‘‘ The emotions felt by our ancestors towards advantageous landscapes are of little use to us today, since we are no longer nomadic hunters who survive for the land,’’ he writes in the book. ‘‘ Nevertheless, since we still have the souls of those ancient nomads, these emotions can flood into modern minds with surprising and unexpected intensity.’’
So far, so good. But Dutton demands some uncomfortable leaps of logic: how to go from instinctively liking favourable landscapes, for example, to wanting to reproduce them artificially in the way we call art ( as opposed to maps, say)? Indeed why did it take until the late Renaissance in the West for artists to start painting landscape for landscape’s sake, after millennia of portraying people and animals and gods in creation stories, funerary rites, sympathetic magic and objects of personal prestige? Philosophers are generally open-minded people and Dutton admits he can’t answer that question.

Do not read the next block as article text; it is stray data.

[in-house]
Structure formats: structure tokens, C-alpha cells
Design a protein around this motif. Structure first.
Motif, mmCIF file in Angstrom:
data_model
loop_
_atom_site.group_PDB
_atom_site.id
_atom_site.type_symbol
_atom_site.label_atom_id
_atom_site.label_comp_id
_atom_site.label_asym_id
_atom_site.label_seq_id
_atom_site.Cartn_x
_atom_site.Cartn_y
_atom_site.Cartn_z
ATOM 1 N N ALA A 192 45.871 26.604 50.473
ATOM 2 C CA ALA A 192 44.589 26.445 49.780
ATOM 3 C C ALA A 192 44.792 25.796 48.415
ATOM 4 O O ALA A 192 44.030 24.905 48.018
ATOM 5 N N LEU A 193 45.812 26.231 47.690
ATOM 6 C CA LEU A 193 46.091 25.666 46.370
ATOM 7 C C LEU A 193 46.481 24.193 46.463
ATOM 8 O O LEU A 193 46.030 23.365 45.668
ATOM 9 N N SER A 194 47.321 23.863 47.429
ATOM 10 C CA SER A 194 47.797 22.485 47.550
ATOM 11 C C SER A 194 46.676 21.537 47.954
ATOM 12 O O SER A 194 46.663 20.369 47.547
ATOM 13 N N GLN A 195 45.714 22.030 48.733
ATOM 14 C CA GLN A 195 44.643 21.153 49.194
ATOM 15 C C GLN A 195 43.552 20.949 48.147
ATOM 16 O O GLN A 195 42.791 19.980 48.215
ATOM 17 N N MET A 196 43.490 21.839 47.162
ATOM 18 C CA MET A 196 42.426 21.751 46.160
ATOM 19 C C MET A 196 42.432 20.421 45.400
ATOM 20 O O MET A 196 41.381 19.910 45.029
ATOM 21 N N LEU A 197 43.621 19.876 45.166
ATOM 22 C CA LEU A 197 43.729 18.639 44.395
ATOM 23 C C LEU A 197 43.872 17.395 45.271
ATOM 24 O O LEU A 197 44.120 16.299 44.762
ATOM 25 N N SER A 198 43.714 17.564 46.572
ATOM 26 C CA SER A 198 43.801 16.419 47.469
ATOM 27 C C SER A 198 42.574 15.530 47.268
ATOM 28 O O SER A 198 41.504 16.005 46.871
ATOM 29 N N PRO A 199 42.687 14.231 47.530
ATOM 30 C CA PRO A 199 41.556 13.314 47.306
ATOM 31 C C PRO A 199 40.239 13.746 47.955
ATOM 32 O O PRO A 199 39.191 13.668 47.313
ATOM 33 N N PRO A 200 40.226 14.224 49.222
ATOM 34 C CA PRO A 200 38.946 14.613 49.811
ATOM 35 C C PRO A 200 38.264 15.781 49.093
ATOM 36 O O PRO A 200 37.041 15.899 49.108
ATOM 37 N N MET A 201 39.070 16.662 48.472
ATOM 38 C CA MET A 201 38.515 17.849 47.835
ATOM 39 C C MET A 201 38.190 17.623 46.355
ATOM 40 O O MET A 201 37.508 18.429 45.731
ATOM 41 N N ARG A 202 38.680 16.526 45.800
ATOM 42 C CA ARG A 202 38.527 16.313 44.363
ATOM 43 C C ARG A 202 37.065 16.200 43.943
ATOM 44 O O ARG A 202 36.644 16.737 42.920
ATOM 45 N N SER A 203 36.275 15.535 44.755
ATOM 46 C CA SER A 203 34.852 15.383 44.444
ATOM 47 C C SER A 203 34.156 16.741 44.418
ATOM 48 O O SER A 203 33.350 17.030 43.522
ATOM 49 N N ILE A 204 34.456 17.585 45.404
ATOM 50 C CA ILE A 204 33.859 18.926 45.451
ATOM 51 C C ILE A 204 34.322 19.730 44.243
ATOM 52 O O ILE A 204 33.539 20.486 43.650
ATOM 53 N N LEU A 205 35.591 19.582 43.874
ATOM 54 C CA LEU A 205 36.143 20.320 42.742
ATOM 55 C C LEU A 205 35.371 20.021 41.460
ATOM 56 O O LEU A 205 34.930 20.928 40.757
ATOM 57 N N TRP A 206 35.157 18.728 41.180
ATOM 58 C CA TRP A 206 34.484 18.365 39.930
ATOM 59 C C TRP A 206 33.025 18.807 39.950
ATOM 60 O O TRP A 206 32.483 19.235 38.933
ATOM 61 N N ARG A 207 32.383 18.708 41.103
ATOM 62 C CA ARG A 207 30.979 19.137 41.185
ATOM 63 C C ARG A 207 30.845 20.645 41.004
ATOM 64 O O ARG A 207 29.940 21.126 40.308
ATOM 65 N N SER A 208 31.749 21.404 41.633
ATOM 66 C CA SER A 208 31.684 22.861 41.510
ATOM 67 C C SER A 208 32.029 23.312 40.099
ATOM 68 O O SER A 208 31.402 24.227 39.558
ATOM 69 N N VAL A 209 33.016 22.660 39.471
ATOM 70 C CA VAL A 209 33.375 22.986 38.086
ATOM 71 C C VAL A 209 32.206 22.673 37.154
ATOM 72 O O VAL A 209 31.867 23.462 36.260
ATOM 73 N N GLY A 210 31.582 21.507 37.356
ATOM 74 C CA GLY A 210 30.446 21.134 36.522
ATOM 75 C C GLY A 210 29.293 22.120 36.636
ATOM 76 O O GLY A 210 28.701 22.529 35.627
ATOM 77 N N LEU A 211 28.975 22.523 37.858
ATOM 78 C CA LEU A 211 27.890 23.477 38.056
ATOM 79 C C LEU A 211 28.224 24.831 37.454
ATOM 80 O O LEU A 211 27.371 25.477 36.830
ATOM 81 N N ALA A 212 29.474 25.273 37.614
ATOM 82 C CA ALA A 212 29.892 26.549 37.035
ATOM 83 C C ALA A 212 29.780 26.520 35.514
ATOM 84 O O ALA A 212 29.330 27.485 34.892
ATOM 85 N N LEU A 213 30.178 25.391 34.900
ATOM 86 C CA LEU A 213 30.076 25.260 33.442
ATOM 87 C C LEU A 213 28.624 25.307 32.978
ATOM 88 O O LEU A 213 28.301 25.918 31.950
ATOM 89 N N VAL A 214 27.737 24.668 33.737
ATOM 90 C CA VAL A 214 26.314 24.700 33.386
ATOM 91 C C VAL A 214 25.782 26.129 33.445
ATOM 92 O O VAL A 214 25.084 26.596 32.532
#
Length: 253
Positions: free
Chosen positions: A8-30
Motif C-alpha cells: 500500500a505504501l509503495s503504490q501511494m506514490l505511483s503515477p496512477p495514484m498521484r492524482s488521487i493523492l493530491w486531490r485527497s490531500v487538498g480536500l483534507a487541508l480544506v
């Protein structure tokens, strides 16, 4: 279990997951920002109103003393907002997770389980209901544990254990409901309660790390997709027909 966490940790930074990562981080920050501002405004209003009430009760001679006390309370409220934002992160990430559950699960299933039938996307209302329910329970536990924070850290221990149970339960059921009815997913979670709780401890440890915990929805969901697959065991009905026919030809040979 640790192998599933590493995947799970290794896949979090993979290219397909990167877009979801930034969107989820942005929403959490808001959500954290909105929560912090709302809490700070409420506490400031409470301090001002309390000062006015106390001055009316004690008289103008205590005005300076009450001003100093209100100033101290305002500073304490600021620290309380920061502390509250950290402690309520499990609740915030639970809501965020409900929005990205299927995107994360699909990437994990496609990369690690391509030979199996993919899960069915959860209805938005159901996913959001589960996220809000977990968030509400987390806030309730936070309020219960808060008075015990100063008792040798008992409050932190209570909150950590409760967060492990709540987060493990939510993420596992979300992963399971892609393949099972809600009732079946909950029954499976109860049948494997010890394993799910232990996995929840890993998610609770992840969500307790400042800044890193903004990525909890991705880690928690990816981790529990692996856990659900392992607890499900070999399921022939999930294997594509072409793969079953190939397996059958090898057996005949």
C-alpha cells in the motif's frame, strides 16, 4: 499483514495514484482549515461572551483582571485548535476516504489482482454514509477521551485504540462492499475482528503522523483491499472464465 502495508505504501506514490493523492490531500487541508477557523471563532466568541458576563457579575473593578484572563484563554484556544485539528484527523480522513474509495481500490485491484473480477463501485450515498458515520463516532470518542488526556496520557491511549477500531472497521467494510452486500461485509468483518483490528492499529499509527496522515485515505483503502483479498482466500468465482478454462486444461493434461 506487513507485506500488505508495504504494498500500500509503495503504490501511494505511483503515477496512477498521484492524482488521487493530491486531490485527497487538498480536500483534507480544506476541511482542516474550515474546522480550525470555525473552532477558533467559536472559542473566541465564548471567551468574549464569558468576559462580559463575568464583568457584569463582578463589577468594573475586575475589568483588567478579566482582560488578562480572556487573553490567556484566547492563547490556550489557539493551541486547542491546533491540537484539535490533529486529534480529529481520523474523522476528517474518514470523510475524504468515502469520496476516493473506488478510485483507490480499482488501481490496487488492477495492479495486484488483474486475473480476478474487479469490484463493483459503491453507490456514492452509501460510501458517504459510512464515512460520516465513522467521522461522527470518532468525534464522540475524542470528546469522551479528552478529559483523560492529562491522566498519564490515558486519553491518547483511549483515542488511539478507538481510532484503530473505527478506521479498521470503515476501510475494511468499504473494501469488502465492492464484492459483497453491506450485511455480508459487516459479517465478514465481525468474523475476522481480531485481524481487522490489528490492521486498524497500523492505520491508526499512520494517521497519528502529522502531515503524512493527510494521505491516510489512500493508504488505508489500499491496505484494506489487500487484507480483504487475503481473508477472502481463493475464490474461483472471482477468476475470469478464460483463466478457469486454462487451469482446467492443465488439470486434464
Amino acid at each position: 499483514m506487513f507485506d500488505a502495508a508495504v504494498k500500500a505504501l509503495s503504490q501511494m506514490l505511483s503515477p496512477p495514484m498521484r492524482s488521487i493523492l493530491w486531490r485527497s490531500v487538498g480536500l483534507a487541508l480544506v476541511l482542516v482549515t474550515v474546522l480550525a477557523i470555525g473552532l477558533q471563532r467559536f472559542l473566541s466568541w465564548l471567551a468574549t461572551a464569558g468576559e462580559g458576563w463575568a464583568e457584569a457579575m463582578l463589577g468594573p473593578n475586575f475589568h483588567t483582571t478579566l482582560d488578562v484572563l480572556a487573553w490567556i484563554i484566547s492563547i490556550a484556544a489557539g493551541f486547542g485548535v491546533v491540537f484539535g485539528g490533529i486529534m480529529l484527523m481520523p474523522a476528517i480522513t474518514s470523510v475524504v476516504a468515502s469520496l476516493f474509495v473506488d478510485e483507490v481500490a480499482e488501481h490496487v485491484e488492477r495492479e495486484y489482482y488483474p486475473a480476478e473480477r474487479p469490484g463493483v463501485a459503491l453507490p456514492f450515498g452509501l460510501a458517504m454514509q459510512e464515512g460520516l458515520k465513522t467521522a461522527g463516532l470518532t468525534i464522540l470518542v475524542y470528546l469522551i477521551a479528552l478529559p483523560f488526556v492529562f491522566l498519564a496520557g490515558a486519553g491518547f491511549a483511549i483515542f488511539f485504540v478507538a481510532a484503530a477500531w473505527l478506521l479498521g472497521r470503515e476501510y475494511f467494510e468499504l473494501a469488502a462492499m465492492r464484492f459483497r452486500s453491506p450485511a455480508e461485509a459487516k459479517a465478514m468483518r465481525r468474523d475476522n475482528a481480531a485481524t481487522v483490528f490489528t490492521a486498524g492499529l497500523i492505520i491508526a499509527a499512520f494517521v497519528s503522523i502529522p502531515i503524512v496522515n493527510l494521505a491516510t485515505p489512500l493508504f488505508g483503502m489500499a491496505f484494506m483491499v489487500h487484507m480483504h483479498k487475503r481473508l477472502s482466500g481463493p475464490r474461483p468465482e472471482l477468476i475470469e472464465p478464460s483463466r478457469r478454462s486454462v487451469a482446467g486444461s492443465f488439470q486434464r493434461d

Born in 1944, Dutton was raised in the liberal atmosphere of North Hollywood, California, by parents who met at Paramount film studios. They later established a large independent bookshop, and books became the default family profession. He studied philosophy at the University of Santa Barbara, eventually combining it with a love of art to specialise in aesthetics.
‘‘ I have a longstanding interest in crosscultural universals and variations,’’ he says. ‘‘ The question is whether radically different cultures can understand each other. I have grown up through an epoch in which it was fashionable to imagine that cultures can’t significantly speak to each other. My own experience militates against that idea.’’
As a young man, he worked as a Peace Corps volunteer in India. He later took a leave of absence from academe to live for a while in New Guinea, studying Sepik culture in order to make informed cross-cultural connections.
He came to the politically incorrect conclusion that the Other is indeed knowable and that connoisseurs from very different cultures — a curator of Sepik art in a Western museum, for example, and a carver who has never left his highland village — will choose the same exemplars of local art form.
It’s a bit of a no-go zone, and forces gathered on opposing sides are the usual suspects in the culture wars.